Staying abreast of the regulatory changes related to the 2019 novel coronavirus (COVID-19) and navigating its impact on your wound care practice can be a daunting task given the sheer number of announcements that have amassed. The regulatory changes during this pandemic, coupled with the need to socially distance, may provide the impetus for your implementation of telehealth. One of the first things to consider is how you triage your patients and build your workflows to accurately reflect documentation for your virtual visits. Aligning your processes and practice to incorporate the changes is the key to your clinical and operational success.
As clinicians, we like direction and process. We like algorithmic thinking that leads to interventions, such as wound-healing pathways. We are comfortable knowing that if the characteristics of the wound change, we can review the pathway for alternate care options in real time when seeing our patients. However, in light of the pandemic, what services are provided to patients, and when they are provided have changed, and telehealth has become a viable option for ensuring continuity of care for patients with wounds.
Over the last few months, telehealth regulations have been released that build upon each other and affect your site of service and your documentation. Starting on March 6, 2020, the CMS broadened access to Medicare telehealth services, allowing beneficiaries to receive a wider range of services from their providers without having to travel to a healthcare facility. On March 13, 2020, the President declared a national emergency under the National Emergencies Act and made an emergency determination under the Stafford Act. Shortly after this declaration, the CMS announced a set of waivers specific to the pandemic (COVID-19 waivers). Although each waiver is important to how we practice care, let’s review one of the waivers, Physicians and Other Clinicians: CMS Flexibilities to Fight COVID-19, issued March 30, 2020, because it affects providers in all settings during this pandemic.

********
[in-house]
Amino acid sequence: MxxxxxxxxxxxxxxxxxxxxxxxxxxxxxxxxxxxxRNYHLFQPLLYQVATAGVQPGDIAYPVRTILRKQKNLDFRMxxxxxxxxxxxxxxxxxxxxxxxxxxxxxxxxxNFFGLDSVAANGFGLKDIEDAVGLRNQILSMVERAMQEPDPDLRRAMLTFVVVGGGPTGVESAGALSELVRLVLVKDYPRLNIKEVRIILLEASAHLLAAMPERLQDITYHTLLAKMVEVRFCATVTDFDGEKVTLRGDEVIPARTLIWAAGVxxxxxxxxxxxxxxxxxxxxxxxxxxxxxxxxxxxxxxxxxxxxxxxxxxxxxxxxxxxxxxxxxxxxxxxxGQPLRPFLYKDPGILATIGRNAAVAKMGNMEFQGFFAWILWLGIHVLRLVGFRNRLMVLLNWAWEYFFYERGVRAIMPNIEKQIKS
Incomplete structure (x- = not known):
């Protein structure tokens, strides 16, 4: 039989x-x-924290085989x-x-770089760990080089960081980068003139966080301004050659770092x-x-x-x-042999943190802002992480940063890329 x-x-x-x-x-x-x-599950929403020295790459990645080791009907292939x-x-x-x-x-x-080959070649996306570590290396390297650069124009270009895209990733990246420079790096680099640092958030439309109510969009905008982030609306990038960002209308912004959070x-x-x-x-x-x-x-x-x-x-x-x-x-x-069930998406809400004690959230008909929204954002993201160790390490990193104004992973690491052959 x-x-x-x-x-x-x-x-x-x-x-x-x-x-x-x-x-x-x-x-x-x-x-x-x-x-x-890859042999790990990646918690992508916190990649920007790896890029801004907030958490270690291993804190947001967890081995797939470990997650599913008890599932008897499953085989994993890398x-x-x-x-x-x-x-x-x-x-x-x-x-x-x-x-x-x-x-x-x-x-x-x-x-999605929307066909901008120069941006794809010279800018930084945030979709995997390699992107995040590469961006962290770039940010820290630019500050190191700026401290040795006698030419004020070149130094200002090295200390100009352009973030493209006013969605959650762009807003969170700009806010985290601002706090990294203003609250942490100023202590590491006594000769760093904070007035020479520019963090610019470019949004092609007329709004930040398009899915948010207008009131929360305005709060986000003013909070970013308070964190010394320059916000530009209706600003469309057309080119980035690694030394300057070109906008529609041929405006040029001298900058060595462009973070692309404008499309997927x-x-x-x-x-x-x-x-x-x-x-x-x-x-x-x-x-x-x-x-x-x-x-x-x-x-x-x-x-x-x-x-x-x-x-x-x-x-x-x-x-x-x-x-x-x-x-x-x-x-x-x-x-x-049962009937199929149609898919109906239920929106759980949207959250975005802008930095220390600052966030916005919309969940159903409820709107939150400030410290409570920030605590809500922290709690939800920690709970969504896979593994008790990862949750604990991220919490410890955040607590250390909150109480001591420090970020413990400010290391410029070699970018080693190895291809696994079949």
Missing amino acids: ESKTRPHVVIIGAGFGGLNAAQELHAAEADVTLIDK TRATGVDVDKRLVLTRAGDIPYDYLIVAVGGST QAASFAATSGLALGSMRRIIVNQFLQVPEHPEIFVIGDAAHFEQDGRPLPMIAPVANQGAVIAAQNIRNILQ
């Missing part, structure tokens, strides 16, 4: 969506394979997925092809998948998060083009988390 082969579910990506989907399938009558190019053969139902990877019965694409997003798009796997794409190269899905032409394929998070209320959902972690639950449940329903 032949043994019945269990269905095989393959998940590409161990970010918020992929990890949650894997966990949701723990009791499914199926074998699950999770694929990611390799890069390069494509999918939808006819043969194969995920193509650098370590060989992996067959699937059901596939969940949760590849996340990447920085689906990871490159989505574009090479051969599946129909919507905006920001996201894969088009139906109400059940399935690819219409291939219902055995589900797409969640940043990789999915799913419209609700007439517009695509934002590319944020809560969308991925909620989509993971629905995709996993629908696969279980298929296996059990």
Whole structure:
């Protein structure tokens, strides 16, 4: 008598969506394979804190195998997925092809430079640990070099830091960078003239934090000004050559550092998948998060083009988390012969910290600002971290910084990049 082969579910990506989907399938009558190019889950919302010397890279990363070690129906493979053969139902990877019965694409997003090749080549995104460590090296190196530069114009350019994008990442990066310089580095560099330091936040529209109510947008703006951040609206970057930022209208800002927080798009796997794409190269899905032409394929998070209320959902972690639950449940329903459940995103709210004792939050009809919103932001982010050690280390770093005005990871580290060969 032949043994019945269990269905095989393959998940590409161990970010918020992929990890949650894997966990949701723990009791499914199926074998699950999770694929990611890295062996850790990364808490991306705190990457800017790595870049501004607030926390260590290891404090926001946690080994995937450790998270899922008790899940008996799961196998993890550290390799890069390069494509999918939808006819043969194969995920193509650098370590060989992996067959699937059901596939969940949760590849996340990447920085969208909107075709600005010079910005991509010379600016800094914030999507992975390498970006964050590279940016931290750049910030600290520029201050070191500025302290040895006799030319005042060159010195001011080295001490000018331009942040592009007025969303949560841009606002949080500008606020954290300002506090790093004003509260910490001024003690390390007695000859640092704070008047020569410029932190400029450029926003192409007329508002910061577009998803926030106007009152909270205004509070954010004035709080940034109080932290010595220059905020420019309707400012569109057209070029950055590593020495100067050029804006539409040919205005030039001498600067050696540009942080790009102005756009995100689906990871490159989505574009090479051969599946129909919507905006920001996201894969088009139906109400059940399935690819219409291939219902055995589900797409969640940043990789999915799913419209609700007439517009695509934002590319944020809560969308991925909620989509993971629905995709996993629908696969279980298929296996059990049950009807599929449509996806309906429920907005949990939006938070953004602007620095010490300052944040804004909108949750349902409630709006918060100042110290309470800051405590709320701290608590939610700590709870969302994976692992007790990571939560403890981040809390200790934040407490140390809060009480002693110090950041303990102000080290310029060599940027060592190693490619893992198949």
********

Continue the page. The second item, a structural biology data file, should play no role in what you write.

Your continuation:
This temporary regulatory waiver provides new rules to equip the American healthcare system with maximum flexibility to respond to the pandemic. A few of the areas that directly impact the wound care business include the opportunity to broaden how patients are seen via telehealth and the impact on the Merit-based Incentive Payment System (MIPS). At the time of writing, there are three main types of virtual services physicians and other professionals can provide to Medicare beneficiaries that are clearly summarized in the regulations. These visit types included Medicare telehealth visits, virtual check-ins, and e-visits. Each new service is succinctly defined including who provides the service, what codes can be used for the service, and if the service can be applied when seeing new or established patients. (For more information, review the May Practice Points column, Expanded Telehealth Services Offer Smart Wound Care Workflows.) It is important to work directly with your registration, coding, billing, and medical records departments to determine how telehealth provides you with opportunities to expand your practice and connect with your patients in a virtual setting.
Cathy Thomas Hess is VP, Chief Clinical Officer for Wound Care at Net Health. She has over 30 years of experience in wound care, authored hundreds of journal articles, spoken at both national and international events, and has authored book chapters and the best-selling handbook titled Product Guide to Skin and Wound Care, 8th edition. She continues to be influential in the wound care community today and serves on the Editorial Advisory Boards for Advances in Skin and Wound Care, authoring a monthly column entitled Practice Points, and Today’s Wound Clinic.